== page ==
The Confederate has an eleven-inch blade forged from Damascus steel, it lies safe under my pillow where I can get to it fast. If the bastards come for me I'm ready. Wendy has begged me to throw it away. She's terrified I'll wake up screaming, like I've done a hundred times already, and use it before I'm truly awake. On her, me, the kid.

More than once I've wrecked the joint before I've woke up properly. Or I've grabbed her and covered her with my body screaming, 'Hold on, Mo, the dustoff's coming, you're gunna be okay! Hold on, please, Mo, I love you, mate! Don't fucking die on me, you bastard!' Looking down at Wendy, Nog AK47s going off, crackle-pop-crackle-pop-pop-pop, our machine gun, brrrrrrrr-bam-bam-bam, the noise all about me, grunts shouting, firing every which way, the noise of the dustoff blades putta-putta-putta-putta as the helicopter comes in to pick up the wounded, her head is missing, blood everywhere. Wendy's head is Mo's head and then it switches around again. But in the nightmare I tell myself, 'How can me mate live with no head?'

So here I am, a screwed-up Vietnam veteran. No better or worse than my mates and not quite knowing what's gone wrong. Flashbacks, nightmares, rage, dizzy spells, anxiety, paranoia, insomnia, depression, sometimes long periods of impotence, and a whole heap more, that's me. Bloody pathetic, isn't it?

The quacks at Repat shake their heads, say they've done all the tests and nothing shows up. Veterans Affairs, taking directions from Canberra, who, taking their brief straight from the Pentagon, simply repeat the official line. One bloke who interviews me has this half smile on his face, 'Mr Thompson, as far as the department is concerned your psychological problems are not caused by your war experience. You have been diagnosed with a personality disorder. Maybe it was something that happened in your childhood, something your mother or father did to you. And as far as Agent Orange is concerned it's about as harmless to humans as baby powder.'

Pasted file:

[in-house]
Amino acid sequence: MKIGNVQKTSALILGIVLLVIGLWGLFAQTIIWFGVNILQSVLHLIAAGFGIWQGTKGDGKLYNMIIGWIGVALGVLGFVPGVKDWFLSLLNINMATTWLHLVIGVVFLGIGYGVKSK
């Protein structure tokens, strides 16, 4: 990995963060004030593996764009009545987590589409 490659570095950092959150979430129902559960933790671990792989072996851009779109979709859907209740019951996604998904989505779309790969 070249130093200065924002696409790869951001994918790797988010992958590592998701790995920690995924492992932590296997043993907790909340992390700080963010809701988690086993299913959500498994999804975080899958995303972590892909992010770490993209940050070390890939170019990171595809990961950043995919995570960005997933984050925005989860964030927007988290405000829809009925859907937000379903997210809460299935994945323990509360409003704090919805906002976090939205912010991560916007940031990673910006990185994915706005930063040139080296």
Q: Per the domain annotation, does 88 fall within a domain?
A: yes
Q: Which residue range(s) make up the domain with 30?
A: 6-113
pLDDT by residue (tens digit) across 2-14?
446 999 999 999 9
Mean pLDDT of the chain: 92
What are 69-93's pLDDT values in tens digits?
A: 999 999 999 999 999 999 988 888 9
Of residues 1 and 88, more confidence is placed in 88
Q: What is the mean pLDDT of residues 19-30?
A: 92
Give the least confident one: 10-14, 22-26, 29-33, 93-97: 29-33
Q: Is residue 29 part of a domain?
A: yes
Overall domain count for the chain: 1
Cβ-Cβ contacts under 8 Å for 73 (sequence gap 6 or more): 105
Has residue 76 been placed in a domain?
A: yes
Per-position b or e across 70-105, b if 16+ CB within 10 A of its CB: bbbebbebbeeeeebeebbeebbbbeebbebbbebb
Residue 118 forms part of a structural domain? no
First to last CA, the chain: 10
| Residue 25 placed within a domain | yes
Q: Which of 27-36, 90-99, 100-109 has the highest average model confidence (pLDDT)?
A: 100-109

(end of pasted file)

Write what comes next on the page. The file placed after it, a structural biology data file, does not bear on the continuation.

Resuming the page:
Baby powder? Now that's real funny, but the bastard doesn't know it.

Once, we'd been out in the jungle for three weeks and we know exactly where we are, we've just used a smoke grenade and a passing chopper has radioed in to give us an accurate location. So we know from looking at the map that there's a lot more deep j ahead, at least four days of scrub bashing before the operation is over.

Then suddenly a couple of hours further into the boonies and it's not there, the jungle's missing, a miracle. Instead of visibility of maybe six yards we can see ahead of us for five hundred yards. Everything in front of us is dead and we're kicking up this fine white powder. Touch a dead tree and the dust comes down to cover your greens, smells weird too. (Unbeknownst to our intelligence, the Yanks had defoliated the area two weeks previously.) What was supposed to be in the middle of primary rainforest is like a dead world.